Thursday, July 28, 2011

This is so wrong it makes my jaw hurt, please sign the petition

Lets show the principle and the other school staff what a "big mess" really looks like.  From the Color of Change:

18-year-old Kymberly Wimberly did everything right. She challenged herself with honors and Advanced Placement courses, leading the pack as the highest achieving student in this year’s graduating class at McGehee High School.
But when her principal agreed with other school staff that Kymberly’s status as valedictorian would cause a “big mess,” he demanded that a White student with a lower GPA be appointed co-valedictorian.1
Please join us in telling the McGehee district’s superintendent and school board to acknowledge Kymberly as her class’s sole valedictorian and explain what they intend to do to ensure all students have equal opportunities at McGehee High School. When you do, please ask your friends and family to do the same:
What's unfolding in McGehee is an outrage, and it sends the wrong message to Black students everywhere. The implication is clear: "No matter how hard you work, we won't give you full credit for your achievements." School leaders in this small Arkansas town have denied a student an honor she deserves because of their own racial prejudice and narrow-minded ideas about who is worthy of success and praise.
Arkansas is ground zero in the history of efforts to desegregate our nation’s schools. It’s where nine Black students faced down state troopers, angry mobs, and a governor intent on keeping them from integrating Little Rock Central High School more than 50 years ago.
Today, in nearby McGehee, Kymberly’s situation has exposed another brand of racial segregation. Principal Darrell Thompson’s decision to appoint a co-valedictorian this year is just the latest example of an ongoing pattern to undermine and derail the academic efforts of Black students. According to the equal protection lawsuit Kymberly’s family has filed, administrators and teachers routinely discouraged Black students — who made up nearly half of the high school’s enrollment this year — from taking honors and AP classes.2 They would use school-wide assemblies to make the course work sound daunting, then pull individual White students aside to encourage them to sign up for the more rigorous classes. As a result, Kymberly was the only Black student in her AP literature class and one of two in her calculus class.3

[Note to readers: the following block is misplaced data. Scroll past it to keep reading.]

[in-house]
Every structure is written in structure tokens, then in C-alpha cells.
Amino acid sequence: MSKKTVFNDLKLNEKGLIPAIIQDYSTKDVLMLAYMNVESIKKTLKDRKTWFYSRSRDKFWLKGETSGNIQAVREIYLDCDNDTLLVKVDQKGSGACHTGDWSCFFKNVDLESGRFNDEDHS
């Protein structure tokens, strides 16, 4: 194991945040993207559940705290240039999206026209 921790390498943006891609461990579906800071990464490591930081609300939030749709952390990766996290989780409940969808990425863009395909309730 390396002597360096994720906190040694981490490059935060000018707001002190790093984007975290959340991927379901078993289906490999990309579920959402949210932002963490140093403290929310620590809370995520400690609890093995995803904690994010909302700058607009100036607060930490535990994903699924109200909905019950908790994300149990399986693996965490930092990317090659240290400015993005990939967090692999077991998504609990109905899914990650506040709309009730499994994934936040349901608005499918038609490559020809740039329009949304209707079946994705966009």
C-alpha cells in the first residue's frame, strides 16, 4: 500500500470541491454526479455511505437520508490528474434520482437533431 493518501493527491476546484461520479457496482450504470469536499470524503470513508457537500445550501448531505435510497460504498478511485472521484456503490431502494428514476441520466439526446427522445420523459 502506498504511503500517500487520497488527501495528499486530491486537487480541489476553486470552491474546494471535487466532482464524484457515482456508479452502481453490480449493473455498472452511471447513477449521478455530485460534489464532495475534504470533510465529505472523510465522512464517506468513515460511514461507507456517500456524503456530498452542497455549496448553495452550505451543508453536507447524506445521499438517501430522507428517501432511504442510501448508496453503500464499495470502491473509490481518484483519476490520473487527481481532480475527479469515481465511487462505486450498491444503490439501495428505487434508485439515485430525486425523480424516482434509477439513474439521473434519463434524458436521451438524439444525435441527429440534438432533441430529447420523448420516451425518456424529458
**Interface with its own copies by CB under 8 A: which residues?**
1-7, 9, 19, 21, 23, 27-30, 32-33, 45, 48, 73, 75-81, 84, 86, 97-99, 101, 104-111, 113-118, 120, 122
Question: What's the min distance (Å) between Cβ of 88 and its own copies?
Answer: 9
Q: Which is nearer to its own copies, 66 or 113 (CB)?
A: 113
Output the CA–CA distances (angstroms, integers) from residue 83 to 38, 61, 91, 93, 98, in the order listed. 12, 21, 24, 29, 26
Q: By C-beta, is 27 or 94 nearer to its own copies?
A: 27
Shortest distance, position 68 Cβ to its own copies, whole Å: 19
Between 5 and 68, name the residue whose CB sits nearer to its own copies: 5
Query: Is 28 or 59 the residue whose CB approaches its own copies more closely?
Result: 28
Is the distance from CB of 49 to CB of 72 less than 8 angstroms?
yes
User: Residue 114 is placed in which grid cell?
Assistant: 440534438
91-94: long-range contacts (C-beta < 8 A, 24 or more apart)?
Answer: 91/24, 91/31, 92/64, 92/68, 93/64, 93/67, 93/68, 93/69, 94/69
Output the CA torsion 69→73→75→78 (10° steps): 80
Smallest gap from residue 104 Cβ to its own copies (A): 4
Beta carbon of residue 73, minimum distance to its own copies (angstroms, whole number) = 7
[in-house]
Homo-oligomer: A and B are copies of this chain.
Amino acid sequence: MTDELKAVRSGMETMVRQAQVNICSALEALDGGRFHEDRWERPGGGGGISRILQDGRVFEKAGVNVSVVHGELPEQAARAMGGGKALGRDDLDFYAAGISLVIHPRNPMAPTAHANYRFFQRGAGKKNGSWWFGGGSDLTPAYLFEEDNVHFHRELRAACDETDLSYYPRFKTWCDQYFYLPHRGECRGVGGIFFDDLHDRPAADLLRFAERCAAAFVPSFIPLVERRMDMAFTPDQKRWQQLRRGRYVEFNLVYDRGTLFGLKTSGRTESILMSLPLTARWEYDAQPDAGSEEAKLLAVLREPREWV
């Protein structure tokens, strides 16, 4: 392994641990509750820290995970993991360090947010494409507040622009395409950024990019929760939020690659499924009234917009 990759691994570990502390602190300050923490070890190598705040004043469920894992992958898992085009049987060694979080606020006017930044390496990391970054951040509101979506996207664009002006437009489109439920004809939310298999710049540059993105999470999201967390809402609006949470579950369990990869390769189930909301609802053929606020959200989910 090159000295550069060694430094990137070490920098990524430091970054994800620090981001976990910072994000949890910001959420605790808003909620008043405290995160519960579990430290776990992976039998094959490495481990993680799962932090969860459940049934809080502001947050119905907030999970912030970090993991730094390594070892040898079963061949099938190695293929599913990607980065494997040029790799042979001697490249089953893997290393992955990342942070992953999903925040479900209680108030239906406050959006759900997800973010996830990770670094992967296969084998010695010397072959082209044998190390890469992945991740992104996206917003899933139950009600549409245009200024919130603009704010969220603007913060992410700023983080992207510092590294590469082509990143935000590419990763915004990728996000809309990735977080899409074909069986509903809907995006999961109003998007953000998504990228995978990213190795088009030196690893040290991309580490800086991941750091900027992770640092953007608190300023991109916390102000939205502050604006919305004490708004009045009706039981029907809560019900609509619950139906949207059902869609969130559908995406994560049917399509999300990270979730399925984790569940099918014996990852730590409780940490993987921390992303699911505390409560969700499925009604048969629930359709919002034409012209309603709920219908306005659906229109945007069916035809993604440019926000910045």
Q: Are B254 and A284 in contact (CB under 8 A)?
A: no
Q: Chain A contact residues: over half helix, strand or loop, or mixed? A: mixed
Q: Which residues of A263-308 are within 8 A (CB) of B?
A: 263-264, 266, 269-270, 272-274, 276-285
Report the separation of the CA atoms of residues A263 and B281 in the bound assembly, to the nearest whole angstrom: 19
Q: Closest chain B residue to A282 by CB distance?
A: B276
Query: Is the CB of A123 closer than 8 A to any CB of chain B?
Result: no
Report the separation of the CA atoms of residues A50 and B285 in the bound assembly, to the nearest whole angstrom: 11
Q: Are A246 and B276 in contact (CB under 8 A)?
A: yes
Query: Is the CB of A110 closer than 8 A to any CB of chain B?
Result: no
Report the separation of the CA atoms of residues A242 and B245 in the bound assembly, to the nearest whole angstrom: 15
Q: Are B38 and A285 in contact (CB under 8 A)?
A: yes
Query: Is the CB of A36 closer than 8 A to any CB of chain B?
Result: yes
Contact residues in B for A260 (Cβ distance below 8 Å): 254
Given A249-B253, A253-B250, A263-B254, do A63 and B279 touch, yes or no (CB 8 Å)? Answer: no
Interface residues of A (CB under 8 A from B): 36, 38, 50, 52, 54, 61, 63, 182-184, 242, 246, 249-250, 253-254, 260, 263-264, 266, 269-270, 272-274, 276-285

A problem nationwide
McGehee and other school districts around the country should be encouraging all prepared students to challenge themselves academically. Unfortunately, that’s often not the case. Last year, Black students made up 15% of graduating seniors, but accounted for just 9% of students taking AP exams.4 Black students trail far behind White, Asian and Latino students in terms of participation in AP classes, and educators have a responsibility to provide equal access to and preparation for college-level coursework.
Kymberly is the rare example of the student whose family believed she could excel in high-level classes, despite what some adults at school told her and students who look like her. Her case reveals why the school establishment consistently counsels half the student body into a lower academic track. It appears that they fear the eventual success of Black students and choose to limit Black students’ ability to compete in the classroom and, by extension, in life.
Hiding the truth
The district should be celebrating Kymberly’s story, and holding her up as an example of what’s possible. She is a young mother whose report cards throughout high school were filled with straight As until her junior year, when she had her baby and received a B in a class. Determined to hold onto her position at the top of the class, Kymberly took as many honors and AP classes as she could her senior year. Her plan worked, and in early May the high school counselor approached Kymberly’s mother, who worked at the high school, with news that Kymberly had the top GPA. But district officials soon started backtracking. The school’s principal told Kymberly’s mother that he had decided to appoint a co-valedictorian. The district sent out a press release amending a public announcement the counselor had already released. The superintendent even kept Kymberly’s mother from appealing the decision to the school board by claiming she had filled out the wrong participation form.5 District officials don't deny Kymberly had the highest GPA but have explained their actions by saying that the co-valedictorian had half a credit more6,7— a balancing act Kymberly and her family say would never have been considered necessary had the top student been White.
Please join us in demanding that Kymberly’s superintendent and school board publicly acknowledge that she is her class’s sole valedictorian and explain how they plan to make sure that students have equal opportunities at McGehee High School. When you do, please ask your friends and family to do the same:
Enhanced by Zemanta

No comments:

Post a Comment